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How a Richmond adman punched his way to Wall Street

Posted at 10:45 AM, Oct 17, 2016
and last updated 2016-10-17 10:45:14-04

RICHMOND, Va. — What started out as a way to offset the ills of sitting at a desk all day has led a Richmond entrepreneur to the closing bell at Nasdaq.

Richmond-based SuckerPunch Entertainment, a company that manages about 130 professional mixed martial arts fighters and is run out of the West End home of Richmonder Brian Butler-Au, on Oct. 10 signed a letter of intent to be acquired by Alliance MMA.

The pending deal brings together two companies on different ends of the mixed martial arts spectrum. SuckerPunch is run out of Butler-Au’s West End home. Alliance MMA, which aims to be a minor league for mixed martial arts fighters, became a publicly traded company Oct. 6.

Expected to close this month, the sale would cap off a nine-year run for Butler-Au, a VCU alum and longtime martial arts fan who didn’t imagine a hobby would turn into a thriving source of income.

“I just fell into it,” he said. “I wanted to do something to stay in shape. Traditional exercise was boring.”

Butler-Au participated in the closing bell ceremony at Nasdaq in Times Square in early October. (Courtesy Brian Butler-Au)

Butler-Au participated in the closing bell ceremony at Nasdaq in Times Square in early October. (Courtesy Brian Butler-Au)

More than a decade ago, Butler-Au ran ad agency Roundtable Creative out of an office at North 19th and East Franklin streets in Shockoe Bottom. He described the firm as a boutique agency that specialized in doing things for larger agencies. The hours working as the owner and creative director motivated Butler-Au to do something to stay in shape.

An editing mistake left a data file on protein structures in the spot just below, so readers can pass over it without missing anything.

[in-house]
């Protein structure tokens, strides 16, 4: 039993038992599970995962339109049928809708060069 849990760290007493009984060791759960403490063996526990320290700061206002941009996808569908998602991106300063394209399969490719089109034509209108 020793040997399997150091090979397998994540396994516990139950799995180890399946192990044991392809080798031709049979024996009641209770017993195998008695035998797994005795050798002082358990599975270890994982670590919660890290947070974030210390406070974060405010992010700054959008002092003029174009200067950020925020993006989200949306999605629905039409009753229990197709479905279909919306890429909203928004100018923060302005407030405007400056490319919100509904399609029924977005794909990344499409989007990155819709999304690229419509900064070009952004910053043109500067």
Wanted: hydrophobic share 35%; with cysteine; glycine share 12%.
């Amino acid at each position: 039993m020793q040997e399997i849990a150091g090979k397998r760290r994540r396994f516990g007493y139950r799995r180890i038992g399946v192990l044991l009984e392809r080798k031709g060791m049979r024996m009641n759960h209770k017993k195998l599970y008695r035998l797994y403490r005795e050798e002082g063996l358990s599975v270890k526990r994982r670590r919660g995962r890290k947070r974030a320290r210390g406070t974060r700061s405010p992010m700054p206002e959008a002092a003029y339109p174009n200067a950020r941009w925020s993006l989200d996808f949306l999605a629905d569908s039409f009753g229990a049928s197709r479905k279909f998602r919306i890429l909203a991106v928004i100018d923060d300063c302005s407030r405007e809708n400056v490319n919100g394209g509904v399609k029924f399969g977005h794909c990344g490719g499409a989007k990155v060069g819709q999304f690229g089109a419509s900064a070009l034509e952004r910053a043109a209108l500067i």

The search eventually led him to a mixed martial arts gym in town called Combat Sports Center.  Mixed martial arts, or MMA, is like boxing with one-on-one fights but incorporates techniques from fighting styles like Brazilian Jiu-Jitsu and wrestling. It has entered the mainstream with the rise of promotion companies like the Ultimate Fighting Championship and gyms that teach MMA techniques to amateurs.

Butler-Au, 45, was one of those enthusiasts who watched UFC fights and worked out at a local MMA gym. Fate came calling when the owner of the gym asked if Butler-Au would parlay his marketing skills into doing promotional work for local fight shows.

One of the techniques Butler-Au used for ensuring a big crowd was to pair the fights with a special celebrity autograph session. Butler-Au, an outsider to the business of MMA, impressed one of those celebrity guests so much that he ended up being Butler-Au’s first client.

“You could tell he was in marketing and was different than the old school in this sport,” Jens Pulver, a celebrity guest who did a show Butler-Au was promoting, said of Butler-Au.

Pulver won the first UFC Lightweight Championship in 2001 and was on “The Ultimate Fighter 5,” a reality show produced by UFC. After the event, Pulver reached out to Butler-Au about being his agent to get sponsorships.

Continue reading about how Butler-Au wound up with an office in Richmond, and in New York City, on